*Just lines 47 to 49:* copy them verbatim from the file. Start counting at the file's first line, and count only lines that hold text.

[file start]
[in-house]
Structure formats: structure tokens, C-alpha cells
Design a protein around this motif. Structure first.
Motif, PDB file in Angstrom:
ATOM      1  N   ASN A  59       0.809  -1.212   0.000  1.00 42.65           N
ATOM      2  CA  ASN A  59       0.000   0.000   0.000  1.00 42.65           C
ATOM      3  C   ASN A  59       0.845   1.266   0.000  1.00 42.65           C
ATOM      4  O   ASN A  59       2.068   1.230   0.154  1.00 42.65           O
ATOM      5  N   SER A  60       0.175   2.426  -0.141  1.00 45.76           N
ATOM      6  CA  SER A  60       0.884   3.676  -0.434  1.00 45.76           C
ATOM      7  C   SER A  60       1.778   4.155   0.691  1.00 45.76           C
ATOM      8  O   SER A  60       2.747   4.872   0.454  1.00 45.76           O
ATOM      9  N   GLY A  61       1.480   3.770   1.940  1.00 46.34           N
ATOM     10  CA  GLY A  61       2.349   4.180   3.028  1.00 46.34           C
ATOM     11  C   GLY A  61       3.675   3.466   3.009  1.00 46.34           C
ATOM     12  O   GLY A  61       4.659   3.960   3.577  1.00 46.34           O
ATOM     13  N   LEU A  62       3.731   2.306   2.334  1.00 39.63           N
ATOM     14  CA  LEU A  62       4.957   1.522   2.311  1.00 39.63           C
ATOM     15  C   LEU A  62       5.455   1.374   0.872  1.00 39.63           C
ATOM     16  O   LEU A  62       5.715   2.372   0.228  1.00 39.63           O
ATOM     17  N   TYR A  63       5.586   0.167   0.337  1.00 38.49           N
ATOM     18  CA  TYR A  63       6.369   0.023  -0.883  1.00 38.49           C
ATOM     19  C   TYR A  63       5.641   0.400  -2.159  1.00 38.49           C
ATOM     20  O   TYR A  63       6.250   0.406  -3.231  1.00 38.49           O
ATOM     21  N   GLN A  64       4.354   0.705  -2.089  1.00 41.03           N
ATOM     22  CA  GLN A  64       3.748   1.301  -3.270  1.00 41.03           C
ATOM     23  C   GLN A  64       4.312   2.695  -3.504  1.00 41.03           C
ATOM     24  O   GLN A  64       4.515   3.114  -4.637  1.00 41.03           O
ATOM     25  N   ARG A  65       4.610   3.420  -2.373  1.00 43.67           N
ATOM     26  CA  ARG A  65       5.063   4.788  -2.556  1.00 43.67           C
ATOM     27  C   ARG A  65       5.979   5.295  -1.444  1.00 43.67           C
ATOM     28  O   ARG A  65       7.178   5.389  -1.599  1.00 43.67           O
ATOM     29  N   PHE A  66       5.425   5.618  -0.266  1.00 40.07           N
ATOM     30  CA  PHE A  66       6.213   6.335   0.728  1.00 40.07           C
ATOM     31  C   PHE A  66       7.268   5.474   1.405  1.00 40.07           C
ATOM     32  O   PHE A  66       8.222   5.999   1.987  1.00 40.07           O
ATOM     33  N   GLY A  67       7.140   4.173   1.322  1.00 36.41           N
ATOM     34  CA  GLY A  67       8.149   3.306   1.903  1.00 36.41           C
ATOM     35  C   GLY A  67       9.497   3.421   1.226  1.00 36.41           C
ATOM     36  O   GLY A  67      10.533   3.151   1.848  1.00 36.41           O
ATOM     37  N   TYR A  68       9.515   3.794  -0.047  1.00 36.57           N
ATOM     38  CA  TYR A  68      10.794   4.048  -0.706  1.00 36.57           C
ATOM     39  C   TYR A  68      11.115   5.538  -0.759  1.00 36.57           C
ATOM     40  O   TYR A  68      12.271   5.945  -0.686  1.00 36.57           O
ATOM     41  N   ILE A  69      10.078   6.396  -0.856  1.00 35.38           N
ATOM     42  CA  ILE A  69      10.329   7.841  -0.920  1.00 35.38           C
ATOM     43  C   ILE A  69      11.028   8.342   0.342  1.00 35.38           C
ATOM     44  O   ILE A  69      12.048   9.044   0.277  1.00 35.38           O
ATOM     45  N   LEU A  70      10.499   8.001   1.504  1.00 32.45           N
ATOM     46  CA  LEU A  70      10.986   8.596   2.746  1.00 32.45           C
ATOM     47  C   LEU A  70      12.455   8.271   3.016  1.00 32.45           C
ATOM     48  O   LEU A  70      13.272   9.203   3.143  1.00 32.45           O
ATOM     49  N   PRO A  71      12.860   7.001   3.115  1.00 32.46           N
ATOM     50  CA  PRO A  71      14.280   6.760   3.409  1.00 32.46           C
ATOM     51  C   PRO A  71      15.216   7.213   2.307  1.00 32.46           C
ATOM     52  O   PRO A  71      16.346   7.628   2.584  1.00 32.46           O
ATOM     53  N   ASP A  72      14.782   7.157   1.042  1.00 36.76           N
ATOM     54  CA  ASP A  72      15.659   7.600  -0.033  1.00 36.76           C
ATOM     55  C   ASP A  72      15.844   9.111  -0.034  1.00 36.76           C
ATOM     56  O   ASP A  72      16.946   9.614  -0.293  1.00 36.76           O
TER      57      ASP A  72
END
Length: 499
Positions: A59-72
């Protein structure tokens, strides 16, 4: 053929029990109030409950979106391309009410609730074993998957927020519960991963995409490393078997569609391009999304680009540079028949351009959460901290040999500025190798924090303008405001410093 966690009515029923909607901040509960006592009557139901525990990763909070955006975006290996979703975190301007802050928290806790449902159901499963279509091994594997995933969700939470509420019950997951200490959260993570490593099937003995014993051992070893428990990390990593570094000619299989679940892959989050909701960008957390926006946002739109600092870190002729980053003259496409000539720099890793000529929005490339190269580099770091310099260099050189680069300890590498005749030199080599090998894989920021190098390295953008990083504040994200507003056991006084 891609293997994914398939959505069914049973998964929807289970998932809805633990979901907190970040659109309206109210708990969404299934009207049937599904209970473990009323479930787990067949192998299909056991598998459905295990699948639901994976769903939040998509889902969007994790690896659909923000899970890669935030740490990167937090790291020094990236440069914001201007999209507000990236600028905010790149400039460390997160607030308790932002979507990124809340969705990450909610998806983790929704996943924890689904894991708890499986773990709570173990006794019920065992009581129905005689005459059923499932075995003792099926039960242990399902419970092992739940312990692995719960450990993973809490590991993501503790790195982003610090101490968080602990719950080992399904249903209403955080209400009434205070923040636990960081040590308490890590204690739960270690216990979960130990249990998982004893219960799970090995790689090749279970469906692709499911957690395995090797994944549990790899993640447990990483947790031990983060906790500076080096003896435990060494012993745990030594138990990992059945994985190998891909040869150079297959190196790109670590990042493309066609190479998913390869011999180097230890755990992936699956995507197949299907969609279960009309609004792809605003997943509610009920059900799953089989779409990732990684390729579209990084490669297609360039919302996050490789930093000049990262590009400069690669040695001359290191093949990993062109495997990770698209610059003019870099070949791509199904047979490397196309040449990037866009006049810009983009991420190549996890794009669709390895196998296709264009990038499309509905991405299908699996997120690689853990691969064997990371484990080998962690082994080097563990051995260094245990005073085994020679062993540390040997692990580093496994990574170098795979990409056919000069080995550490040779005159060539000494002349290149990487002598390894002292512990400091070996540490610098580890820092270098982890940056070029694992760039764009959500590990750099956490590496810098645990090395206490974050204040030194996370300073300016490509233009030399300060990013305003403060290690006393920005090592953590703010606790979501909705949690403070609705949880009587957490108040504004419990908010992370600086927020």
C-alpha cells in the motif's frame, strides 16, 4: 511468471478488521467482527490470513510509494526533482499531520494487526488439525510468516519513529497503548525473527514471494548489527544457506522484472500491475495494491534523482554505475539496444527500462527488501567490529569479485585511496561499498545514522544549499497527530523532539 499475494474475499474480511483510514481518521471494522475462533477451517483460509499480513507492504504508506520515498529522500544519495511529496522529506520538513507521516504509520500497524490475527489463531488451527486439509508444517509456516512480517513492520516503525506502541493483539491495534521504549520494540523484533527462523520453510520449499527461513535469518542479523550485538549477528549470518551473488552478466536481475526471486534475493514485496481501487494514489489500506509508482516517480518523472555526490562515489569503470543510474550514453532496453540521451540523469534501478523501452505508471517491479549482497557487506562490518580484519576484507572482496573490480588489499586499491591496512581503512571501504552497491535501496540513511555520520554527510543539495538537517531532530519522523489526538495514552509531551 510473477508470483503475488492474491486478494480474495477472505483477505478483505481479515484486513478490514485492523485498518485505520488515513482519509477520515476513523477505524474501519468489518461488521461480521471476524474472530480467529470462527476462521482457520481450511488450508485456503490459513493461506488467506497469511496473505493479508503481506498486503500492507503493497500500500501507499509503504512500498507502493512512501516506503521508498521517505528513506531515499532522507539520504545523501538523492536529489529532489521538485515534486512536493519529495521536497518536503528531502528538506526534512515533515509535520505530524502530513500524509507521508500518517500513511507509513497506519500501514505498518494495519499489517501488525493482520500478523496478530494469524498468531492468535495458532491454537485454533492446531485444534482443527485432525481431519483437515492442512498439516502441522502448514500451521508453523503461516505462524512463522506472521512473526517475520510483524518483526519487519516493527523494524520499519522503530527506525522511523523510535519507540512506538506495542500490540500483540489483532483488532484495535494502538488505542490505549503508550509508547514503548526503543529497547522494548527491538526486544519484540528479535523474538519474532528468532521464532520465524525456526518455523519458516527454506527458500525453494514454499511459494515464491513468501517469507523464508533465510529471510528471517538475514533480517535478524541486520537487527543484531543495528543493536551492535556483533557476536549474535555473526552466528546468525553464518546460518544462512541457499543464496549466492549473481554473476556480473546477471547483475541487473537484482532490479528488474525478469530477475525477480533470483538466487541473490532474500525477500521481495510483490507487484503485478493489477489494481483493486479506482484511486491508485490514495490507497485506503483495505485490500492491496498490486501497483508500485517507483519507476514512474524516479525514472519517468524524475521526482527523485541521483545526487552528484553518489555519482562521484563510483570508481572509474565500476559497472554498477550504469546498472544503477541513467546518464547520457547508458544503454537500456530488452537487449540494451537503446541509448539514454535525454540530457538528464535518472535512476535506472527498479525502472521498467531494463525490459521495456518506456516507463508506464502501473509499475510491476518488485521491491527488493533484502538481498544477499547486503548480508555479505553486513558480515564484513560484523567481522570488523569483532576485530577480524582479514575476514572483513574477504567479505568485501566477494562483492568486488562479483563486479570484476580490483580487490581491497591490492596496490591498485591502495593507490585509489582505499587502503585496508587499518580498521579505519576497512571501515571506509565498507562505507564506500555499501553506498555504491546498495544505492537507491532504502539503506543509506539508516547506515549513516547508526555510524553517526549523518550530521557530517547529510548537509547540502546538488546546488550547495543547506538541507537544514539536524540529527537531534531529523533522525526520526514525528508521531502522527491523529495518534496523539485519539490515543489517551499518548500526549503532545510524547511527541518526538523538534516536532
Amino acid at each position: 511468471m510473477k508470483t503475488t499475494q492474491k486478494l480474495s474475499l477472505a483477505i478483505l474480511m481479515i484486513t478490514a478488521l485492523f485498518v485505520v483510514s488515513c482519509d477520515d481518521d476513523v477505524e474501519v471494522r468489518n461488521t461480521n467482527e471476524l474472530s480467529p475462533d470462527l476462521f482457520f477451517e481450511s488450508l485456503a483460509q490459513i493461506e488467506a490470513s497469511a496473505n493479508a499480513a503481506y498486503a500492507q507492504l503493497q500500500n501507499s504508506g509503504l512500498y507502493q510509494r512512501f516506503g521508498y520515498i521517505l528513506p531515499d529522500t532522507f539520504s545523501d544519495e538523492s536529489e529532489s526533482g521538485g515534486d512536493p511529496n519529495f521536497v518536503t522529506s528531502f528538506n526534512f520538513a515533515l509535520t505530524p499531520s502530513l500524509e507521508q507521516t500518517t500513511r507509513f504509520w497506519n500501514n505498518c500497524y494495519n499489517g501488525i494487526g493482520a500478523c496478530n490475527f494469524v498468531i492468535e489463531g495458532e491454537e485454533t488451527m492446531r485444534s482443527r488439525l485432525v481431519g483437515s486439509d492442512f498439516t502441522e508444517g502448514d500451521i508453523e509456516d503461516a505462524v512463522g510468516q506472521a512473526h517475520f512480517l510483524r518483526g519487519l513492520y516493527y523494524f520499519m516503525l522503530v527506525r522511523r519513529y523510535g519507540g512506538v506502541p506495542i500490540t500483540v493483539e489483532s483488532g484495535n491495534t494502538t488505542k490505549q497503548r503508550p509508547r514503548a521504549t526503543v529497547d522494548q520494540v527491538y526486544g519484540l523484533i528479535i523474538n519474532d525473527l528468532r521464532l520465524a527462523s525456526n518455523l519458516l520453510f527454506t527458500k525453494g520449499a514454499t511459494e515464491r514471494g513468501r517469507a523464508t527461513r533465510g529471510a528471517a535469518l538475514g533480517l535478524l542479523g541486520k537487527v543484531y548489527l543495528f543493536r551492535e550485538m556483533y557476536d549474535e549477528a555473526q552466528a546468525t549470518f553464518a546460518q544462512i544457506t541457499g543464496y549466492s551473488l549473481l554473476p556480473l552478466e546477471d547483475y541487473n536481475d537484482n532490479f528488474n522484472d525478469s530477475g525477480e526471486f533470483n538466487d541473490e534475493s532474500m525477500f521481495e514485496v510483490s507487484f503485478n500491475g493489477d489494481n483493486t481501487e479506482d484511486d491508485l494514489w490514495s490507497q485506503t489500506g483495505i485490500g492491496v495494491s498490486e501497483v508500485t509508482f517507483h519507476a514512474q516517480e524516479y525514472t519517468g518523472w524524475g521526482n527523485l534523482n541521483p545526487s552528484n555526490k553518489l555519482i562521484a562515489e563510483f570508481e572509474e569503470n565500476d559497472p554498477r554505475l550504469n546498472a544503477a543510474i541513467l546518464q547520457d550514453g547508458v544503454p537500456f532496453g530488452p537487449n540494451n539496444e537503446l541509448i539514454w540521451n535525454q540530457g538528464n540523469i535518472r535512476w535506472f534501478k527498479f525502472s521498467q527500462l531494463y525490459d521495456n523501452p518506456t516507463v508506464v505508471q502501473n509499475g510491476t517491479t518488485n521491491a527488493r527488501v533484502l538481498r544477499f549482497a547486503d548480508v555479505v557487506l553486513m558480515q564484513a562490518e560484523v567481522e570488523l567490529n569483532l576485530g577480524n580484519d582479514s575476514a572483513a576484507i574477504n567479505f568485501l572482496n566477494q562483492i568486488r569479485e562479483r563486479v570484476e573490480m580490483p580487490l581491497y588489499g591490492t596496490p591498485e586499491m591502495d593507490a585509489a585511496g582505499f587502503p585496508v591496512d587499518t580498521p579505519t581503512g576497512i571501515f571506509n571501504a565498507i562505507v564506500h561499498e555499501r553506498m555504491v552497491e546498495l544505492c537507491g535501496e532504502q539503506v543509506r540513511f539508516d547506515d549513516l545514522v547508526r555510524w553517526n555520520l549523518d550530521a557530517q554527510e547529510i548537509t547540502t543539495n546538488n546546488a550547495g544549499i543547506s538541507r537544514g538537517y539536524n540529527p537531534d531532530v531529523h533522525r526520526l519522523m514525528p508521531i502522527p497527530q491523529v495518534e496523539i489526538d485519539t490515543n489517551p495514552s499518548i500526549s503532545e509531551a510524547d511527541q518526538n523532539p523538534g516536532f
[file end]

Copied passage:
ATOM     43  C   ILE A  69      11.028   8.342   0.342  1.00 35.38           C
ATOM     44  O   ILE A  69      12.048   9.044   0.277  1.00 35.38           O
ATOM     45  N   LEU A  70      10.499   8.001   1.504  1.00 32.45           N